Tracks can be fossilized over millions of years. It is for this reason we are able to see fossilized dinosaur tracks in some types of rock formations. These types of fossils are called trace fossils since they are a trace of an animal left behind rather than the animal itself. In paleontology, tracks often preserve as sandstone infill, forming a natural mold of the track.
Related pages[change | change source]
References[change | change source]
- Staff. "Animal tracks: what do they reveal?". Smithsonian National Zoological Park. Retrieved April 7, 2016. CS1 maint: discouraged parameter (link)
- Evans, Jonah (2014). "Field guides to animal tracks". NatureTracking.com. Retrieved April 7, 2016. CS1 maint: discouraged parameter (link)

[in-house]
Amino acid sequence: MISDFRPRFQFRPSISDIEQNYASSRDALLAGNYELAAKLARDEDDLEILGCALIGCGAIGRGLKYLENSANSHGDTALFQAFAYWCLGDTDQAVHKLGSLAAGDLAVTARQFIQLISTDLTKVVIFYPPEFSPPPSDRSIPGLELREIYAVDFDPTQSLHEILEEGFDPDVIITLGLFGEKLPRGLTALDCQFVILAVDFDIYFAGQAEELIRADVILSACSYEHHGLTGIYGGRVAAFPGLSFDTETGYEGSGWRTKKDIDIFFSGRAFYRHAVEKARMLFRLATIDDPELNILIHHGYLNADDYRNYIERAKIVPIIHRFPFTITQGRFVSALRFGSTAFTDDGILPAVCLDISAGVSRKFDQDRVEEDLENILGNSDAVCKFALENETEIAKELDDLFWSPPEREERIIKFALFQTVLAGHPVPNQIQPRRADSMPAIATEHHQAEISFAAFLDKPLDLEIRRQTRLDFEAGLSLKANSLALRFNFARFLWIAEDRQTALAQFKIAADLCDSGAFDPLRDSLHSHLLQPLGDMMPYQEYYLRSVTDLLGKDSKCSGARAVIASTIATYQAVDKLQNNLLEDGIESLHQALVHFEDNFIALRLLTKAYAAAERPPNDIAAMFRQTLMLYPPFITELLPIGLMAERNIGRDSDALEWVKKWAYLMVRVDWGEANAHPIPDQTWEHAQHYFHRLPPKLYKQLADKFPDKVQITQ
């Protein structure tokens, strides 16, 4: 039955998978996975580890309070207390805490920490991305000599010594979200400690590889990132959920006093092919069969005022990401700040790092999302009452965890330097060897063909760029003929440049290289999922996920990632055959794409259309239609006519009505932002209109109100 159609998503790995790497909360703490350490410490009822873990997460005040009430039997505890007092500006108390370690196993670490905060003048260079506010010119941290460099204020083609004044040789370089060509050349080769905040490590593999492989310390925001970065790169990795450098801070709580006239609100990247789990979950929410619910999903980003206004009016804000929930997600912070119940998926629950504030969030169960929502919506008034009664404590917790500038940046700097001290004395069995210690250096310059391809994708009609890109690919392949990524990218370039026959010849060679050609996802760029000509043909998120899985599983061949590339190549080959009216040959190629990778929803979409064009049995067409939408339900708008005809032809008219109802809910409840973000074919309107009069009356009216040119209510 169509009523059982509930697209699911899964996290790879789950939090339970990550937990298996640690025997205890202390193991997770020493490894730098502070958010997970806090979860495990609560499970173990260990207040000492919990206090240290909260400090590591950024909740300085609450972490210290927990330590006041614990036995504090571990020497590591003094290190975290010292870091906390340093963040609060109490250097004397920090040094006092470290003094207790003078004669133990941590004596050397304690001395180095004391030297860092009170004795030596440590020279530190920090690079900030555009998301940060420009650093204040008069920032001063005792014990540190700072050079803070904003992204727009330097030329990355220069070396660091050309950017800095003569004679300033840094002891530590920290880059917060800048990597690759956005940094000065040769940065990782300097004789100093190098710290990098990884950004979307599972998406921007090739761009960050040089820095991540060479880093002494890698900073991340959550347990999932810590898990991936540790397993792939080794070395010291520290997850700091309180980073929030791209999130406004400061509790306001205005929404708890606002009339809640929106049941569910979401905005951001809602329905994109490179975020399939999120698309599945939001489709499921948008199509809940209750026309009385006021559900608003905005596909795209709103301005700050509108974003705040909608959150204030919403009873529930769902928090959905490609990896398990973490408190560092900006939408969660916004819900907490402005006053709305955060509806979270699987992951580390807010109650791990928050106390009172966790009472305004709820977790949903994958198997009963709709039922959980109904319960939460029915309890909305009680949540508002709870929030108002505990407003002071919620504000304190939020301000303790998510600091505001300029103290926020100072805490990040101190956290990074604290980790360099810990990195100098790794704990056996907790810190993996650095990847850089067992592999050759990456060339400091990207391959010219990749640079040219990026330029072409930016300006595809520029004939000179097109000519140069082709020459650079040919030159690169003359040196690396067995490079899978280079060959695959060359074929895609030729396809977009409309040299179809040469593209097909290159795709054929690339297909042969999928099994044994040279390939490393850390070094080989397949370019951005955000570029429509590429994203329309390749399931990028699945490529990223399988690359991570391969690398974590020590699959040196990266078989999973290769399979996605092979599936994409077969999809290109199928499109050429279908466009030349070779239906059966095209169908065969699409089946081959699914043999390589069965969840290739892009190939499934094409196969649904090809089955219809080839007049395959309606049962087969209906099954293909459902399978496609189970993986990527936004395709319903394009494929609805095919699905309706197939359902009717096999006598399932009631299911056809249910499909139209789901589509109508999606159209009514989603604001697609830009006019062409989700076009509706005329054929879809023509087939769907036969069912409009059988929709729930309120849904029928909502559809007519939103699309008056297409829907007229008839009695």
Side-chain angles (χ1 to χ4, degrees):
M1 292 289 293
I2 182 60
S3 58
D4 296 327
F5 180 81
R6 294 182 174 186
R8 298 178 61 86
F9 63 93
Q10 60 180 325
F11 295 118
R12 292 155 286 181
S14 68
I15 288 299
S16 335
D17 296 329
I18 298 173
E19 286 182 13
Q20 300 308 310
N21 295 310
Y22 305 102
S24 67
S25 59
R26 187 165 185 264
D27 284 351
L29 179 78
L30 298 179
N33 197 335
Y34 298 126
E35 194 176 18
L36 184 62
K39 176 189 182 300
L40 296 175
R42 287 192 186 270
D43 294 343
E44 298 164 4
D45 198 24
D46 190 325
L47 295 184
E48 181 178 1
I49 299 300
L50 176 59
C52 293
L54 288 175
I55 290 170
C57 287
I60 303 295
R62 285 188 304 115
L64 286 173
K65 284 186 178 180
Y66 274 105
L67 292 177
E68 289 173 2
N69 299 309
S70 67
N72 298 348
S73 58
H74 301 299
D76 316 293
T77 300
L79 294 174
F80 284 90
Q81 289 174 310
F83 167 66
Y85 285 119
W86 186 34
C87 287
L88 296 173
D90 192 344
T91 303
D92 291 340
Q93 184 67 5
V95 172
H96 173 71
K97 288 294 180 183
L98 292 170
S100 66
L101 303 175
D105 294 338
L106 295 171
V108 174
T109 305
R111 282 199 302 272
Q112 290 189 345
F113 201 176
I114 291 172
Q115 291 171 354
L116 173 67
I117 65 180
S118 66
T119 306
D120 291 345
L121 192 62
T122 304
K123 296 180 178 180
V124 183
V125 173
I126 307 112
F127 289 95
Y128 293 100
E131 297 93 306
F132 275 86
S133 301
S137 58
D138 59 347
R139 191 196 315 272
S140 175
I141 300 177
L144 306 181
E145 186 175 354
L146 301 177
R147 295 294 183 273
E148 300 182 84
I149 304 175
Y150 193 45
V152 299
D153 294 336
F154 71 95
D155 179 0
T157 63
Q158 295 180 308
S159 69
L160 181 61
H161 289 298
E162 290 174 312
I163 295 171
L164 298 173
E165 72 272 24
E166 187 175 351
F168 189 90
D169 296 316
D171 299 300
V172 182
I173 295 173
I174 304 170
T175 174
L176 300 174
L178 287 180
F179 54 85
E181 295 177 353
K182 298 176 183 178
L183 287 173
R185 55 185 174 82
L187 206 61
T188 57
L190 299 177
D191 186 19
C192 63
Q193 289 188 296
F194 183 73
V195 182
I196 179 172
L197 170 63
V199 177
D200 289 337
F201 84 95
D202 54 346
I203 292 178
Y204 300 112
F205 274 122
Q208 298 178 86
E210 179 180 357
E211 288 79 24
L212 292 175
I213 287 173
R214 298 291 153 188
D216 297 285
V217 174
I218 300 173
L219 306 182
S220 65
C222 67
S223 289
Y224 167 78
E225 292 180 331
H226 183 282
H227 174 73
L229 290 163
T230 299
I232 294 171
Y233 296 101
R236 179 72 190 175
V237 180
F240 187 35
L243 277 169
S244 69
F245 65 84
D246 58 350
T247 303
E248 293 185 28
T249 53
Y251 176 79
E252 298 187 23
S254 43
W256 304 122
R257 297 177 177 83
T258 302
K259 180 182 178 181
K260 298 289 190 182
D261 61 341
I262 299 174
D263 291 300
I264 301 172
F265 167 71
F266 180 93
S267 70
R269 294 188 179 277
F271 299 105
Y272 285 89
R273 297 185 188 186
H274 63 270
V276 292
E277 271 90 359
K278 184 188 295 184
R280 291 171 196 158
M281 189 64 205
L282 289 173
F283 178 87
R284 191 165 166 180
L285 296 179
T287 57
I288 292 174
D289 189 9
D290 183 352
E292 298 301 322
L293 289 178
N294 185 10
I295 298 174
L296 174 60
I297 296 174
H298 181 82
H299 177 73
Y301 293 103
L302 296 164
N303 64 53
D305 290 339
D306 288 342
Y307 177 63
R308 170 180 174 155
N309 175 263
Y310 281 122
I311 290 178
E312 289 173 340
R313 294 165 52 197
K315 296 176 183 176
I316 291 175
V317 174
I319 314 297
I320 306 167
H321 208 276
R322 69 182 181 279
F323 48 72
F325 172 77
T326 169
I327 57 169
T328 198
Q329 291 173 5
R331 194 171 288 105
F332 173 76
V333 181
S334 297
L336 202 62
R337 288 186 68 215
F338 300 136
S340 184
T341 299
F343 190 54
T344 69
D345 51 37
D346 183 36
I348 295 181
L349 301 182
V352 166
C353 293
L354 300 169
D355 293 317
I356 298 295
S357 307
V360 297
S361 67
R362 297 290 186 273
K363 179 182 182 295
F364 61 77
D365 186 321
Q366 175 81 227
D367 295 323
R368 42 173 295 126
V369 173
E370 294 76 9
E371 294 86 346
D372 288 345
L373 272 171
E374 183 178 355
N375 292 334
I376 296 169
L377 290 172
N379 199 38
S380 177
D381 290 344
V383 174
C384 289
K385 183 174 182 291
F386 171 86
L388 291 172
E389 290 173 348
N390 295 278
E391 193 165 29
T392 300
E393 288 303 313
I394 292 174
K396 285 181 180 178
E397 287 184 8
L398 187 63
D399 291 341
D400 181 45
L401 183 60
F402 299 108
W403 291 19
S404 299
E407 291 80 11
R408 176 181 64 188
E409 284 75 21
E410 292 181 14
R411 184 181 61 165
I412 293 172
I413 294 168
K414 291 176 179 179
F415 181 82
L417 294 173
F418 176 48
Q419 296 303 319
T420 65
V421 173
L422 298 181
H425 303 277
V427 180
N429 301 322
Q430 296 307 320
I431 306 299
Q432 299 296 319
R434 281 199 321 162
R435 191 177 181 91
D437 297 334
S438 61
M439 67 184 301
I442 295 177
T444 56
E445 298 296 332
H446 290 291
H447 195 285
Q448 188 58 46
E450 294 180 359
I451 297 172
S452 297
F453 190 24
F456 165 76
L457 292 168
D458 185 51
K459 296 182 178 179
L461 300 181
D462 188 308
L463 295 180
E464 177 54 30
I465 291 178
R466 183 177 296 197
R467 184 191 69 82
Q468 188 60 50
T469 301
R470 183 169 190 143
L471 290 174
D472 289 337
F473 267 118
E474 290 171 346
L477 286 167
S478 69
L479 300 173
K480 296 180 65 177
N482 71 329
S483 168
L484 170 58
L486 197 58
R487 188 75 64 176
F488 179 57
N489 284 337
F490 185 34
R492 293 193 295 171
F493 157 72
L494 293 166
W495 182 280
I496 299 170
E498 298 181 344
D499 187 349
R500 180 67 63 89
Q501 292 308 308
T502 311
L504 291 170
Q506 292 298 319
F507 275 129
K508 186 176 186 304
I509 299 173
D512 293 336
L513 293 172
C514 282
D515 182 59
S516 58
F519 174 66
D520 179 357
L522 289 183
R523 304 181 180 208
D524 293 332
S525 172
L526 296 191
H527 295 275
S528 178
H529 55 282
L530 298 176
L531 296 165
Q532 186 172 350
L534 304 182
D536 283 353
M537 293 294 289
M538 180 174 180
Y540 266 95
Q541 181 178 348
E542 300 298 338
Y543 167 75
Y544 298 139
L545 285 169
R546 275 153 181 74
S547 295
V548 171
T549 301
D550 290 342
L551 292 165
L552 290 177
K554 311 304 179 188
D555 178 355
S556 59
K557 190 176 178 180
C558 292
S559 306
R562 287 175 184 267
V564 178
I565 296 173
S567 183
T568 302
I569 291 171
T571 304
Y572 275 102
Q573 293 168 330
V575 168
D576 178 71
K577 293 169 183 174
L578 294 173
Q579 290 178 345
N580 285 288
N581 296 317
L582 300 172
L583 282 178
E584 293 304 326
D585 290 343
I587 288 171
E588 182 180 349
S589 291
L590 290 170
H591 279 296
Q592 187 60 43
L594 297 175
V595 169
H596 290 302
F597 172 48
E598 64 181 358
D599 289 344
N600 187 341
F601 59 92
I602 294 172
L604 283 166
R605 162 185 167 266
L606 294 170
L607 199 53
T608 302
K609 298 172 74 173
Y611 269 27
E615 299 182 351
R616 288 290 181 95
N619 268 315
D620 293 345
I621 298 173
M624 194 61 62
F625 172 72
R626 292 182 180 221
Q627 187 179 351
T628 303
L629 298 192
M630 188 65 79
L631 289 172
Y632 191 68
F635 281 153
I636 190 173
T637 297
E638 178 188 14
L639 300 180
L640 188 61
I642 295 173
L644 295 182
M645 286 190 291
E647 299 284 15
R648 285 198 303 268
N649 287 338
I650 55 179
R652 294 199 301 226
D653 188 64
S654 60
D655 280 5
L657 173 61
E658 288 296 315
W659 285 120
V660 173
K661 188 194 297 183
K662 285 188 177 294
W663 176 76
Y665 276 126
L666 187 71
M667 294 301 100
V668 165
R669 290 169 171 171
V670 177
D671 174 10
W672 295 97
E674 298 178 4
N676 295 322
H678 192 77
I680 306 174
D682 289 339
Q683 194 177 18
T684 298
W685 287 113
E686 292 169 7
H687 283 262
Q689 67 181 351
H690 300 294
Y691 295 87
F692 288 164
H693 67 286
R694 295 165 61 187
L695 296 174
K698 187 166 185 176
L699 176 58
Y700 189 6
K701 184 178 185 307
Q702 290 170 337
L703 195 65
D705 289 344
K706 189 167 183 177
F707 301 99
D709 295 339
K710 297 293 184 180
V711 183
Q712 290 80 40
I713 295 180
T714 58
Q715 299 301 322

- Vitkus, Allison; Chin, Karen; Lockley, Martin. "Fossil footprints through geologic time". University of California Museum of Paleontology. Retrieved April 7, 2016. CS1 maint: discouraged parameter (link)
- Milàn J; Christiansen P. & Mateus O. 2005. "A three-dimensionally preserved sauropod manus impression from the Upper Jurassic of Portugal: implications for sauropod manus shape and locomotor mechanics". Kaupia. 14: 47–52. Retrieved March 2, 2014. Italic or bold markup not allowed in:
|journal=(help)CS1 maint: discouraged parameter (link) CS1 maint: uses authors parameter (link)